Adam Smith's words and ideas from the "Inquiry to the Wealth of Nations" are still used today. Two hundred years after Smith's book, all the wealthiest nations have employed the division of labour, accumulated capital through investment to further increase the efficiency of production and keeping the market competitive. Capitalism has created abundance and raised standards of living all across the globe. But all nations cannot be wealthy. The countries, which have yet to industrialize and adopt Smith's economic model, are starting the race for capital late, and through this process one can't help but notice how history is repeating itself. What I am referring to is the mass social upheaval that comes as a cost of industrialization. .
All across the globe, nations participate and compete with each other in the pursuit of profit in hopes to accumulate capital. In this age, nations are intertwined economically as multi-national corporations employ developing economies to manufacture goods that are enjoyed all over the world. Global commerce, it can be argued, opens new markets, encourages partnership and trade among countries, and gives developing nations the opportunities to industrialize, increase their efficiency and raise their standard of living. What we have in effect is the trickle down theory being applied on a global scale. But the deteriorating social conditions in developing economies tells us that this is not so. The vast majorities of nations, who negotiate with multi-nationals in hopes to bring prosperity to their countries, end up in social turmoil, while a small minority, or in some cases no one except the multi-nationals, benefit economically. .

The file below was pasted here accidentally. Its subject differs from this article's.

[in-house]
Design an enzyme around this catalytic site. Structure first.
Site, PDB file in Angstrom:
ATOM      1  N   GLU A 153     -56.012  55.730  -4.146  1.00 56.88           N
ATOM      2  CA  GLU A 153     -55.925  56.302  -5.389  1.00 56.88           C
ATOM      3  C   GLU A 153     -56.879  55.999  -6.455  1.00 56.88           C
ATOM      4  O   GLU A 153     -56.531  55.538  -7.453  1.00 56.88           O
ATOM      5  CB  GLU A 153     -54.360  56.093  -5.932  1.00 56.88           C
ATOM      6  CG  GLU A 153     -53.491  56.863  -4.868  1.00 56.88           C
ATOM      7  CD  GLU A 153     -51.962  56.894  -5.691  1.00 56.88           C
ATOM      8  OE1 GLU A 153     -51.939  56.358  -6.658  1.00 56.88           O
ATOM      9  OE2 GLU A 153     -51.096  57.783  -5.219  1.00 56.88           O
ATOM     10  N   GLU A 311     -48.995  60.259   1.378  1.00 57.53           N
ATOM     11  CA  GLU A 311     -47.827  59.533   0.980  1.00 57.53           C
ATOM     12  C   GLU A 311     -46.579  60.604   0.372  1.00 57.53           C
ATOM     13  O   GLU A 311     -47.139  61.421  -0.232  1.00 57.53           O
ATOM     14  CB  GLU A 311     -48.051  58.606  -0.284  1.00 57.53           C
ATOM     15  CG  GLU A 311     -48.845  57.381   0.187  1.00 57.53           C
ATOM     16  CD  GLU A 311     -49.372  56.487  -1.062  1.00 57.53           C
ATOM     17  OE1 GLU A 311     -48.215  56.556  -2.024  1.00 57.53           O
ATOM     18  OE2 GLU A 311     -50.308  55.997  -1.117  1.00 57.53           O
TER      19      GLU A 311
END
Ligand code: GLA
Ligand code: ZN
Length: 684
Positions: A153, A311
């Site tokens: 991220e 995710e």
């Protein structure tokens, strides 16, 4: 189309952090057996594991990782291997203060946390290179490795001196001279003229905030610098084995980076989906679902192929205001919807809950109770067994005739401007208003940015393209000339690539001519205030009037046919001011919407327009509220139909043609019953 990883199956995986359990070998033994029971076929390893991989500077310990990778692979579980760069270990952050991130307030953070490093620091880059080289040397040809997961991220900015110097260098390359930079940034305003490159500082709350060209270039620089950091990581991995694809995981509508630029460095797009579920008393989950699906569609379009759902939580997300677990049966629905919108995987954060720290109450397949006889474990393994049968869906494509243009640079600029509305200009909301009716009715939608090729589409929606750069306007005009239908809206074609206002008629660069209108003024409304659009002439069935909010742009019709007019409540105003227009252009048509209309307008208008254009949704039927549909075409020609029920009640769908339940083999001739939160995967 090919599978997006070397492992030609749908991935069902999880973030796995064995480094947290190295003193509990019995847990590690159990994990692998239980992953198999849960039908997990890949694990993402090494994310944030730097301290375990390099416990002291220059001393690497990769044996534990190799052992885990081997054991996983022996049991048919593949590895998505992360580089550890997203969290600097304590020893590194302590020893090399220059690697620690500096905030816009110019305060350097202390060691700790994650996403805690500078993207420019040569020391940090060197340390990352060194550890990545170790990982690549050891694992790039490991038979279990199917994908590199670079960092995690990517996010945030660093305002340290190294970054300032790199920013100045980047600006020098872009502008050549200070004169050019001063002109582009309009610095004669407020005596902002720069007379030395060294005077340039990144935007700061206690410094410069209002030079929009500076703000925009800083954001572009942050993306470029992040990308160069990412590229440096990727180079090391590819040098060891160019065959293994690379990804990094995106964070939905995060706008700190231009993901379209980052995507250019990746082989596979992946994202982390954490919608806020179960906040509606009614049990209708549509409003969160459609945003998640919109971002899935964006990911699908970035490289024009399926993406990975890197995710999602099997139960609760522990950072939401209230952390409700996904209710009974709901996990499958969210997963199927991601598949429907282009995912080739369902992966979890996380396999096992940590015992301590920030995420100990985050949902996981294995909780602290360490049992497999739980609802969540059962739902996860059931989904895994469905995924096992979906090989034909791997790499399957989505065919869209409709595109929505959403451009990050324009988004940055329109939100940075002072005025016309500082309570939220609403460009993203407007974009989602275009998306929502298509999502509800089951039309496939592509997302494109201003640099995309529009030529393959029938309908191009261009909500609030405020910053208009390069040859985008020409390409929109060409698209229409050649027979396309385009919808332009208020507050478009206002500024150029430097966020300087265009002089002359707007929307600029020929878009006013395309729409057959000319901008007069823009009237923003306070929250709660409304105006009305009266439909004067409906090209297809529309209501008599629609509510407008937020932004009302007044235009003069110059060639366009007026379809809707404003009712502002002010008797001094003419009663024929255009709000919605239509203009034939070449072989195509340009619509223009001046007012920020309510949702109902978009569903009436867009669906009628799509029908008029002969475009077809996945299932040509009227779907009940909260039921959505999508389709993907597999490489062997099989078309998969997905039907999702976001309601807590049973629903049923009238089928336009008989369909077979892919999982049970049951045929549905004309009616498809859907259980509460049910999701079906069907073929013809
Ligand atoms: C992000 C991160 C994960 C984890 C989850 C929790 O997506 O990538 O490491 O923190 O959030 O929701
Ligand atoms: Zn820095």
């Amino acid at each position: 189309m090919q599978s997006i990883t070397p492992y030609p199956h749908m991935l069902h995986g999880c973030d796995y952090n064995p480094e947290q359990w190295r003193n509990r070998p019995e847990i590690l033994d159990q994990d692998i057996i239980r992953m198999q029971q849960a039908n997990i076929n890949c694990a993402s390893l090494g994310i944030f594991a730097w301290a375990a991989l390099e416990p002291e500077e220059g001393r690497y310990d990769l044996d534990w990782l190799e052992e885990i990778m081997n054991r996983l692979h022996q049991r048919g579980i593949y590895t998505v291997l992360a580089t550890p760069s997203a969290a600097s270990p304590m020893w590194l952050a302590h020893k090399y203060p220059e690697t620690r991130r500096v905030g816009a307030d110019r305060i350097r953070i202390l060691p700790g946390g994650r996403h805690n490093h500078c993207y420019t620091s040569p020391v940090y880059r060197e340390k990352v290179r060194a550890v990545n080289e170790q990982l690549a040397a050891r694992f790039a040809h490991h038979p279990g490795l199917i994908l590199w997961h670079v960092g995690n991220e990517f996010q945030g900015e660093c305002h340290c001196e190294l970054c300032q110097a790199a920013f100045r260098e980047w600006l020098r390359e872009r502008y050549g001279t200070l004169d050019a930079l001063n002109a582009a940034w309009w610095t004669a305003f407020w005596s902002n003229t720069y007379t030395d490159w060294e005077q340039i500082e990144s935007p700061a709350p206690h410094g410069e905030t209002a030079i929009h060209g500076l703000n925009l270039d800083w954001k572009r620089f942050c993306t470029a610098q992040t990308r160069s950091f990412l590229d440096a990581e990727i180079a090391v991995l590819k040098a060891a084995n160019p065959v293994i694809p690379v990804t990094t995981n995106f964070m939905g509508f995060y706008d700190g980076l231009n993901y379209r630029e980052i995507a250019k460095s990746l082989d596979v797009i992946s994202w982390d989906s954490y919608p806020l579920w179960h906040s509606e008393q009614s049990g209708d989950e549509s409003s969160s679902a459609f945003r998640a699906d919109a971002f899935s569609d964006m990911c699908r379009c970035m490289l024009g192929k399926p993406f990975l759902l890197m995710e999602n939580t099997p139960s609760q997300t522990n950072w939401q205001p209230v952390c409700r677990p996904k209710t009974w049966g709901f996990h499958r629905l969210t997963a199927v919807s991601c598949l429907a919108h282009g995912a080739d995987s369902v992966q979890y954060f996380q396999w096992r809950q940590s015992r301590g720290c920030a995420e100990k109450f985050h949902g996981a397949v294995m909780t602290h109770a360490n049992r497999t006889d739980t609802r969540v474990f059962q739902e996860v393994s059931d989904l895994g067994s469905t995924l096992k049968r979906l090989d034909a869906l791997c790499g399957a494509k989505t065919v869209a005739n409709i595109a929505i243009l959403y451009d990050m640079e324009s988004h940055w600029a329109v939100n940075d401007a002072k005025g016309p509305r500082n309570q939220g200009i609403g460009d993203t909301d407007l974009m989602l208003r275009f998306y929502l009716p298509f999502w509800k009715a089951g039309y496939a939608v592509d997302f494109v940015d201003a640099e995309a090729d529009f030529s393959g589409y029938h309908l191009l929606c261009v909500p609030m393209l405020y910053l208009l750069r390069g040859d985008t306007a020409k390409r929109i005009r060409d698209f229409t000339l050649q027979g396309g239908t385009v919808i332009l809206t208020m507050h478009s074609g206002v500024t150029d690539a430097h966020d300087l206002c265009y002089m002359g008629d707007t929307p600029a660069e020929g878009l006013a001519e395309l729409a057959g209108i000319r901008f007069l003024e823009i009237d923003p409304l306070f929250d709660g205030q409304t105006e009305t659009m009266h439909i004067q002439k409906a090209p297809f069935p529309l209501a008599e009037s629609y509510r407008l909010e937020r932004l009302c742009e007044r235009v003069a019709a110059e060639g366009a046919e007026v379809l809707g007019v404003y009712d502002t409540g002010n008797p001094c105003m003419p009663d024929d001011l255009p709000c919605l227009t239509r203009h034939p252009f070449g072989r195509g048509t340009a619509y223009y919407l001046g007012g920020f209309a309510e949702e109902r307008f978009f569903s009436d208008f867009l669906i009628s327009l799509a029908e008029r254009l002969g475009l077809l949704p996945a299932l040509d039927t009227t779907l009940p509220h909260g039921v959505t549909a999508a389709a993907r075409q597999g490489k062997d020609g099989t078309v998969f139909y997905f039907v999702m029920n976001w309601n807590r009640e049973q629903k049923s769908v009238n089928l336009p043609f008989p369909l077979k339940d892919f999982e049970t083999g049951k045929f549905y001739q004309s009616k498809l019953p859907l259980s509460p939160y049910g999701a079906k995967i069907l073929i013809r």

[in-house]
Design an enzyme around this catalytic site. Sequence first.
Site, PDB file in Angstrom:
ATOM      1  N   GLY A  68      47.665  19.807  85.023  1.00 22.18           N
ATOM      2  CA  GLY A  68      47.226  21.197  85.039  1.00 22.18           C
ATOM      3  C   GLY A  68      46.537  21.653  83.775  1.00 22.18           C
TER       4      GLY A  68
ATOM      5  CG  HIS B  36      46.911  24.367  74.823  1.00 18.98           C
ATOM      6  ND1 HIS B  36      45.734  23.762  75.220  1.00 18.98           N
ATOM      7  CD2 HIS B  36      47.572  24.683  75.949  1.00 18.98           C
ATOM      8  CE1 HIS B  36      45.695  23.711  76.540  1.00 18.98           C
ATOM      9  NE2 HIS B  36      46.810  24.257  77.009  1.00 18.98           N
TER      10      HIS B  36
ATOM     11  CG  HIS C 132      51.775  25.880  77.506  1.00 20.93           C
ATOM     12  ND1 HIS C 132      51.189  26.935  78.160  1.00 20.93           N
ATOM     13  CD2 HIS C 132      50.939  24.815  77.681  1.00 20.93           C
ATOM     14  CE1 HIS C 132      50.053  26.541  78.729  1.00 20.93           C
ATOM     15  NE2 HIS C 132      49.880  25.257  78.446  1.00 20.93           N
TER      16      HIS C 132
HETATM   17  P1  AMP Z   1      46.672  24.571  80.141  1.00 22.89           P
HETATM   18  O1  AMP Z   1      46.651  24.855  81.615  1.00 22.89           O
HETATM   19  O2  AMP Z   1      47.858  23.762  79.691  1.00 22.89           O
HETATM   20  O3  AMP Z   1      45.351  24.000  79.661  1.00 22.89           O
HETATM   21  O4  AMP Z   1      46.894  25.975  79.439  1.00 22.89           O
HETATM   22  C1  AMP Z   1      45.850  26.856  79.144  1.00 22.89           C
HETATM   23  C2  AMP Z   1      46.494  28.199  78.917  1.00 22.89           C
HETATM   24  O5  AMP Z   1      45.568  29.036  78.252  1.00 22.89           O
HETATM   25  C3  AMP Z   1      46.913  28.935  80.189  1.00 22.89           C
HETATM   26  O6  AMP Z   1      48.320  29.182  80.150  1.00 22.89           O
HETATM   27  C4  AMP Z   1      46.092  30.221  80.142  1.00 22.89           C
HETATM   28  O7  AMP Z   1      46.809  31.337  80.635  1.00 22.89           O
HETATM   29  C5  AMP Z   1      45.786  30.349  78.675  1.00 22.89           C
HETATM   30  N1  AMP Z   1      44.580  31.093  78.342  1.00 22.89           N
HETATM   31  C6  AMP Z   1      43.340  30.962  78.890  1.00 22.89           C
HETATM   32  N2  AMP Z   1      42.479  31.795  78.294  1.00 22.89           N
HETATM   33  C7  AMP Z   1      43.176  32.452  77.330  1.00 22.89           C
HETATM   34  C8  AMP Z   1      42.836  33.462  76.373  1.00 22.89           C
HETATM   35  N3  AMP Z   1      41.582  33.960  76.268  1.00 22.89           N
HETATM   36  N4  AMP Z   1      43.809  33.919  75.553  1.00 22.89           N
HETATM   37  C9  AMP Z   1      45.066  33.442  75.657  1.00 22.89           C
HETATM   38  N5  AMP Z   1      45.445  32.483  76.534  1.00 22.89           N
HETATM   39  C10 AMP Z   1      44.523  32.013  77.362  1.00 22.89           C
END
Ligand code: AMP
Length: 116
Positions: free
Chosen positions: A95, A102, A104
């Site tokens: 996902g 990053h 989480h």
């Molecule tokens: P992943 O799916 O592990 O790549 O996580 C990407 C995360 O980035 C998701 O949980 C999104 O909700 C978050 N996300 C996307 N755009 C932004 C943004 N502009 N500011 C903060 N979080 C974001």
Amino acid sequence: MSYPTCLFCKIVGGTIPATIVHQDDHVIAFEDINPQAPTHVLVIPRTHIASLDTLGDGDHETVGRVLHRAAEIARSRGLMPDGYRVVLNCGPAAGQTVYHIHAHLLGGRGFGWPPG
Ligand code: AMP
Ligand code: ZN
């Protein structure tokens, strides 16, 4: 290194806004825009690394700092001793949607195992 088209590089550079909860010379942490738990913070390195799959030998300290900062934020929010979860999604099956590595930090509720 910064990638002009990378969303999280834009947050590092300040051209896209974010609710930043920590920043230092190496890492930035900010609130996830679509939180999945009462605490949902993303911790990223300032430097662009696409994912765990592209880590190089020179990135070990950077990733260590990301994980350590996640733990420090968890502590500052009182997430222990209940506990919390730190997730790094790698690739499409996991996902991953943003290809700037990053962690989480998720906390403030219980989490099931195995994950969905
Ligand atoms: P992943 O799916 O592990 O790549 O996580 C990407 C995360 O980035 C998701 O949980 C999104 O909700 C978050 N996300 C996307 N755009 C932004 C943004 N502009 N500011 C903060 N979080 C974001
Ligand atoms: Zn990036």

Multi-nationals employ contractors in developing nations to manufacture their products. The corporations do not own the factories in which their products are being produced, so the contractors compete with each other for employment from multi-nationals.